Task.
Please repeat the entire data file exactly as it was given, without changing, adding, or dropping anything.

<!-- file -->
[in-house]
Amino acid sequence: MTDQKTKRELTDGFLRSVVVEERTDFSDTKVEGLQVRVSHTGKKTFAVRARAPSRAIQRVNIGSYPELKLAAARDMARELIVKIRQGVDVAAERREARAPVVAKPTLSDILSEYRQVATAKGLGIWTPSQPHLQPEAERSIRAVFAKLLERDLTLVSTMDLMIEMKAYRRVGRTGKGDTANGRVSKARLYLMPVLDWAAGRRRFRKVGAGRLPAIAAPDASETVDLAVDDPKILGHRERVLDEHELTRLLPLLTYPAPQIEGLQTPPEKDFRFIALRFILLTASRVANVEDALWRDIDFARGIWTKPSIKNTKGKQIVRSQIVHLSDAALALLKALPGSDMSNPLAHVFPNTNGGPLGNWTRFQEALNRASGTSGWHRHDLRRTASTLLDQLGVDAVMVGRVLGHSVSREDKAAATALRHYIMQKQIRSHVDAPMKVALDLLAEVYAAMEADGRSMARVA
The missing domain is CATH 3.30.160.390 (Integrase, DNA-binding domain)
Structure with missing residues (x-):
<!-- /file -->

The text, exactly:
[in-house]
Amino acid sequence: MTDQKTKRELTDGFLRSVVVEERTDFSDTKVEGLQVRVSHTGKKTFAVRARAPSRAIQRVNIGSYPELKLAAARDMARELIVKIRQGVDVAAERREARAPVVAKPTLSDILSEYRQVATAKGLGIWTPSQPHLQPEAERSIRAVFAKLLERDLTLVSTMDLMIEMKAYRRVGRTGKGDTANGRVSKARLYLMPVLDWAAGRRRFRKVGAGRLPAIAAPDASETVDLAVDDPKILGHRERVLDEHELTRLLPLLTYPAPQIEGLQTPPEKDFRFIALRFILLTASRVANVEDALWRDIDFARGIWTKPSIKNTKGKQIVRSQIVHLSDAALALLKALPGSDMSNPLAHVFPNTNGGPLGNWTRFQEALNRASGTSGWHRHDLRRTASTLLDQLGVDAVMVGRVLGHSVSREDKAAATALRHYIMQKQIRSHVDAPMKVALDLLAEVYAAMEADGRSMARVA
The missing domain is CATH 3.30.160.390 (Integrase, DNA-binding domain)
Structure with missing residues (x-):